“Guys,” I say. “I understand that you’re obviously parroting the owner’s general rule but in this case intelligence dictates that you abandon dogmatic principle for a broader view. Namely, that you’ll be in better stead with the store owner—the guy that writes your checks—if you exchange the rotten cheese then you will be by losing my hundreds, if not thousands of dollars of business over this matter.”

Blank looks all around until the cashier says, “the owner just walked in.”

“Thank God” I say. And to the owner, “It seems we’ve got a little problem here with an exchange.”

He looks at me and says, “Do you have a receipt?” Now, there’s smoke -not a lot- but definitely some smoke, starting to leak out of my ears.

“Receipt?!” I say. “You gotta be kidding! All I want to do is exchange these moldy bags of cheese. I’m not trying to rip you off, I just want two new bags of cheese!”

The storeowner’s remarkably calm and it just pisses me off all the more. He says, “that’s our policy, how do I know where you bought this cheese and how you stored it? Maybe you left it outside for a week.”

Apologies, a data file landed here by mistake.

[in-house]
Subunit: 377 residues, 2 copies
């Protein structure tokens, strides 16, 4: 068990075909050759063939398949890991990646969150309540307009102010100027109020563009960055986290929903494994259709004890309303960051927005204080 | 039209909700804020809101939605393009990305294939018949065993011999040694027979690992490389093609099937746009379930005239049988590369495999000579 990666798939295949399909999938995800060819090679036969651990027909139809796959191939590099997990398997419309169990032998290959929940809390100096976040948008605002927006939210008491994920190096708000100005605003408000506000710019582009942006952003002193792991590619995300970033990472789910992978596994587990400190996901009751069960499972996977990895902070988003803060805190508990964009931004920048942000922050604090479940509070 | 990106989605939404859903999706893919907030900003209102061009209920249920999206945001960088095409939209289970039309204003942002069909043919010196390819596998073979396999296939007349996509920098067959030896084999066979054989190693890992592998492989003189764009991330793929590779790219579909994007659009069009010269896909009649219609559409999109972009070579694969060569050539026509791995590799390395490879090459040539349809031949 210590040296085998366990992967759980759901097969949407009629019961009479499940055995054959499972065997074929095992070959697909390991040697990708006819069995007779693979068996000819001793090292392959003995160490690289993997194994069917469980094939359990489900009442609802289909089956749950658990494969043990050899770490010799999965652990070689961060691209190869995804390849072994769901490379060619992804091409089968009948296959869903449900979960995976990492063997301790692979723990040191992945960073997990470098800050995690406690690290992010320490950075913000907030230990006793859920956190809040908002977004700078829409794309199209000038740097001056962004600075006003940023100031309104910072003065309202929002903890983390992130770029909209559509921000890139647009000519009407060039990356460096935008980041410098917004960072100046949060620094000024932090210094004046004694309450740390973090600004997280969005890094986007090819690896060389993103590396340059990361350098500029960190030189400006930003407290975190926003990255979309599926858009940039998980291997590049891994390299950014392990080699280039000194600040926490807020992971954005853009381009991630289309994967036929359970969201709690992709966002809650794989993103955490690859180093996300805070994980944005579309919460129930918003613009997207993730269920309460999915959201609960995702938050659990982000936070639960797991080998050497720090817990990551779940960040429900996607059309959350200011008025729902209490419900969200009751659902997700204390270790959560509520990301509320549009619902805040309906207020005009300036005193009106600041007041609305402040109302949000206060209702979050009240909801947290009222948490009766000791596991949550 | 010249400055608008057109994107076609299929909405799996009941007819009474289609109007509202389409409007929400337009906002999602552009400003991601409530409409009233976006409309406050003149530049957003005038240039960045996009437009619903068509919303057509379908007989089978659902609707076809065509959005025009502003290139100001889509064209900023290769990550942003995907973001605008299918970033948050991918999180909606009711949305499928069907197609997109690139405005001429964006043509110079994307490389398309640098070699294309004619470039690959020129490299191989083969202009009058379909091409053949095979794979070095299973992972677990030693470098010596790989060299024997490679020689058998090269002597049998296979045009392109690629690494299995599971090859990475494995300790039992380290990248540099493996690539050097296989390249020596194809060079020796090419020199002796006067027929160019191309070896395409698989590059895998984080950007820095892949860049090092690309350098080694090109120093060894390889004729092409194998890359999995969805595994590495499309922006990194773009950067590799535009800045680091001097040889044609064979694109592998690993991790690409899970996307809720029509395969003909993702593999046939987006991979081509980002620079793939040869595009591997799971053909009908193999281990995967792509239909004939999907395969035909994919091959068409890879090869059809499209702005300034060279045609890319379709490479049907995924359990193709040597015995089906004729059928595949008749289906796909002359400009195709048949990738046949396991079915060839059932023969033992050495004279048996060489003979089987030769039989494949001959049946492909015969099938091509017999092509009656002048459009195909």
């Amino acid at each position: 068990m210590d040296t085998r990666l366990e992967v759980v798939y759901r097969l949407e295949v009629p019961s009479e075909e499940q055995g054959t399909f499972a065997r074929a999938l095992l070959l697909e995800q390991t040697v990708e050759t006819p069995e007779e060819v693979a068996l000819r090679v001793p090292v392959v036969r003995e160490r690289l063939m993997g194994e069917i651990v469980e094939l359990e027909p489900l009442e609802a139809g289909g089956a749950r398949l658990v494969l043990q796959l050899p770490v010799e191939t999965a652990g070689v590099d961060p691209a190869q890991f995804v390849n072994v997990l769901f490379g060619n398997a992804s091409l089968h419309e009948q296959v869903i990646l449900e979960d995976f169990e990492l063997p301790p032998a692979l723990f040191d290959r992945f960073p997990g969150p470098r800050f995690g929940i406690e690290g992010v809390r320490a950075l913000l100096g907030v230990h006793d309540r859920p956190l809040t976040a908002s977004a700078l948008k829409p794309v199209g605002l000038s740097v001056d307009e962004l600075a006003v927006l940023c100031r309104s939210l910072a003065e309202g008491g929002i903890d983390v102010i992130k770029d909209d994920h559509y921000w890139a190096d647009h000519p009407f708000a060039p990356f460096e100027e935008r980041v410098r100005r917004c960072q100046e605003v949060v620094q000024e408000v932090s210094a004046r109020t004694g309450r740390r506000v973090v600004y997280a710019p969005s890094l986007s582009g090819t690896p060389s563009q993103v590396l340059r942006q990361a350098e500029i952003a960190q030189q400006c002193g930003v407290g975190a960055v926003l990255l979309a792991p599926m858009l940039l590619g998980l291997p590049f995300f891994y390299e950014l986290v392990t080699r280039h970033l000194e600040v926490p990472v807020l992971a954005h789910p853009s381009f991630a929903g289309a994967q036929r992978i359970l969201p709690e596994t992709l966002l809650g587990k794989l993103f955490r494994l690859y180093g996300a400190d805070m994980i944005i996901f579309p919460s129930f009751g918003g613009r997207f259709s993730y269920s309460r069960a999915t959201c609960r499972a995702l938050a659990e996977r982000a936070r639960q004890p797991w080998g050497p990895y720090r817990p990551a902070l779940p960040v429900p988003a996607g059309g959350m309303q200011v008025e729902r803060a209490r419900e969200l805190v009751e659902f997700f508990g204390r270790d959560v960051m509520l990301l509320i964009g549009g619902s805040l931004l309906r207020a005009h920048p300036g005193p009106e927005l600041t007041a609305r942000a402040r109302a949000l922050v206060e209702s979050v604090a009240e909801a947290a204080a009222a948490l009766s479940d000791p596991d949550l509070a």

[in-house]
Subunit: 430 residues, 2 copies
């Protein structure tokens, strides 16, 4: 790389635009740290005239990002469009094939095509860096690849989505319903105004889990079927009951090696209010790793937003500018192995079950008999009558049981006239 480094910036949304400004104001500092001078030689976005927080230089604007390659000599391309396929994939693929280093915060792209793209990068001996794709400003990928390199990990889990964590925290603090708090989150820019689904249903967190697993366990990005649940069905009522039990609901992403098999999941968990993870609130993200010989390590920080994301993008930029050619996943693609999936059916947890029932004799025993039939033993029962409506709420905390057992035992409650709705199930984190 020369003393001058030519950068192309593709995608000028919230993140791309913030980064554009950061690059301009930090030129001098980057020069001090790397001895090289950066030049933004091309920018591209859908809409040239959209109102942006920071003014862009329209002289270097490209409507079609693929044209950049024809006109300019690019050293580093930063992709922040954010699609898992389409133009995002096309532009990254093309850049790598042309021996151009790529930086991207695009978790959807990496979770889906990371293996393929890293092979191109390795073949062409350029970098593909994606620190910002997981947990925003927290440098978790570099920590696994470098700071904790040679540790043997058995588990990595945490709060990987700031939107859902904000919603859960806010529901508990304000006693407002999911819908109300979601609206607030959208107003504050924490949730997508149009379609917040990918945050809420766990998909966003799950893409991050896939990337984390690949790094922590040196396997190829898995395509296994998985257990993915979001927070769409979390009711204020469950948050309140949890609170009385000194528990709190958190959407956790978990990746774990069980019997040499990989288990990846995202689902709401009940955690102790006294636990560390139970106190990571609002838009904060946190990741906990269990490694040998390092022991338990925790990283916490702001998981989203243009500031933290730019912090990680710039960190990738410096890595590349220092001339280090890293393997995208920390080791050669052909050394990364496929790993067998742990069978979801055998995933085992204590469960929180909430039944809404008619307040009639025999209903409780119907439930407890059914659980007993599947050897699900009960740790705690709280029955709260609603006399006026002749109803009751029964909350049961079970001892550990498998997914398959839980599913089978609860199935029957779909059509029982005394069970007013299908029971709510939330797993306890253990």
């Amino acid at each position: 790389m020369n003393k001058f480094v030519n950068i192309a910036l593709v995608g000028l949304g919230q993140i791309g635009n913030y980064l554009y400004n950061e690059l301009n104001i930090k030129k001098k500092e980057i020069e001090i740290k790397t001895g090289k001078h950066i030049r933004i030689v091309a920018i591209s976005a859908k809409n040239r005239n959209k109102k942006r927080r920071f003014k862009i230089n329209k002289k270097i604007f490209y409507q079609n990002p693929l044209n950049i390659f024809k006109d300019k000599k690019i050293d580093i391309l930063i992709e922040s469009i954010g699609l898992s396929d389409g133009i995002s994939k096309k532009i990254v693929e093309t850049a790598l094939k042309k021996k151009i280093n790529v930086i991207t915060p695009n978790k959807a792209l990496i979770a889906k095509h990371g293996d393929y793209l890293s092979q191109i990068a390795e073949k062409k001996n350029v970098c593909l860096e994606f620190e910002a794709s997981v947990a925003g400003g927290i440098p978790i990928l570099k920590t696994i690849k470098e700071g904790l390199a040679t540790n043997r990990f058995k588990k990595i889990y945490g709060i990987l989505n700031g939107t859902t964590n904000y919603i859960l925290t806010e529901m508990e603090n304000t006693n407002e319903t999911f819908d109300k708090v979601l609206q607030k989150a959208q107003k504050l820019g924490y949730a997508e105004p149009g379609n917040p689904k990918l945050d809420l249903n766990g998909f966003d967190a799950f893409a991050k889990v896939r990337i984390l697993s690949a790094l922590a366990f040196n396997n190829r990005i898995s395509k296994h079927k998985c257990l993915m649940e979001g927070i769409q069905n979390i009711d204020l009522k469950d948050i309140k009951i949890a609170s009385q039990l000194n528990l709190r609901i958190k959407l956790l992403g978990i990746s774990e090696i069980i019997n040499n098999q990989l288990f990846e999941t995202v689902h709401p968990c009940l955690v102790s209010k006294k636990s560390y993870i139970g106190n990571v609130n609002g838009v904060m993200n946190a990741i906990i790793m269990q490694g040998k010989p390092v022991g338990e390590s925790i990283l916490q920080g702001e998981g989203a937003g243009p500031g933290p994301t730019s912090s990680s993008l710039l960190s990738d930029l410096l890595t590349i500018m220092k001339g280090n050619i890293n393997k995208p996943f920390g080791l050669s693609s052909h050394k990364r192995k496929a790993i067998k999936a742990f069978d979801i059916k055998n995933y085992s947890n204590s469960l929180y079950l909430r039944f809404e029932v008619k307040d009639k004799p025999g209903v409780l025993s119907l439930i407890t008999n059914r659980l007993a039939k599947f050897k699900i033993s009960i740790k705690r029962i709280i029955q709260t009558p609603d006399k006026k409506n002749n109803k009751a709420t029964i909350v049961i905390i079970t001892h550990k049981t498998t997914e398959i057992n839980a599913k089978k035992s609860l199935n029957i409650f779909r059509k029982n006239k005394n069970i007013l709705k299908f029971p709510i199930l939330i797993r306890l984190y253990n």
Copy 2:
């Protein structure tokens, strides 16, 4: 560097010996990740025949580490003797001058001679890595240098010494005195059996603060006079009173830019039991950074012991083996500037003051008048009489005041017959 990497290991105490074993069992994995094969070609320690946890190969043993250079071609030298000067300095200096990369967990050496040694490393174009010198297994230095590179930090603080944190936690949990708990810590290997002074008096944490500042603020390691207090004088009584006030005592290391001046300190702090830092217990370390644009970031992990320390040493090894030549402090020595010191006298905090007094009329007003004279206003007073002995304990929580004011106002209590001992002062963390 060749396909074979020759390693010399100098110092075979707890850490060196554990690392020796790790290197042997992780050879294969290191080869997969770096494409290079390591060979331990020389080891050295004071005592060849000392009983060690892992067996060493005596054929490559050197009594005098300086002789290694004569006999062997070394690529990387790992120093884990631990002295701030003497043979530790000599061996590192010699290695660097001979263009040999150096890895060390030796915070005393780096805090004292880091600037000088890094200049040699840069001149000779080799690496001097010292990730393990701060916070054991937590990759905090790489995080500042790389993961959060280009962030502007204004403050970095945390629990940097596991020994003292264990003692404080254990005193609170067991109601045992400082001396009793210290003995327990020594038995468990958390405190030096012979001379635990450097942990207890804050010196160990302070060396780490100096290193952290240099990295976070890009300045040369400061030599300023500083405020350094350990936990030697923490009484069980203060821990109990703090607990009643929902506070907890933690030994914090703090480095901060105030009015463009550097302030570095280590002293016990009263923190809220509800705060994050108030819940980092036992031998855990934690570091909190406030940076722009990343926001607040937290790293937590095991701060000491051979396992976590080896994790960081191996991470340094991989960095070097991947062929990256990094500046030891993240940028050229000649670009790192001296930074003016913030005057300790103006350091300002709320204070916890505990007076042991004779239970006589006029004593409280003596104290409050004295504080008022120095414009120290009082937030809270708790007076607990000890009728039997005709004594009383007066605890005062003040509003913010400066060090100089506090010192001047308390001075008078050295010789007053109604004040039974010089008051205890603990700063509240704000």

“Oh my God” I shout. “You’ve got to be fu*&ing kidding (smoke, much more smoke from the ears) “Why on earth would I be driving around town with two bags of moldering cheese? How could I possibly profit from a scam like this? What, I’m the guy making millions by doing exchanges on cheese, two bags at a time? Do you have any idea how much money I spend in this place?”

The more I become enraged the calmer the storeowner seems be getting. “I’m not calling you a liar,” he keeps saying and of course, that just makes me crazier.
Finally he says, “If your wife comes in and buys as much as you say she does, than she can come find me and if I see that her cart is full, I’ll exchange one of the bags of cheese.”

I slam the two bags I’d been holding on the counter.

“Now you couldn’t get me to shop here for all the money in the world. You’re totally insane!” I shout as I head out to my car.

Back home I call the credit card company to see exactly how much we actually do spend at this store. A lot. Close to five grand a year. I begin writing a letter that’ll make this loser see just what a total moron he is, just what an insane person he is, and how he sacrificed five thousand dollars for two bags of rotten cheese. Fortunately, I have the presence of mind to forward the letter to my son who’s studying out east. He tells me it’s a great thing to be able to vent, but under no circumstances should I send the letter.

“You sound like a raving maniac” he says.

It’s true, I do. And what’s worse, I really like shopping at that store. Who’s the loser now?

Slow to anger, slow to pacify indeed.

Is that condition of mine,—slow to pacify—an indelible part of who I am, of how I must behave?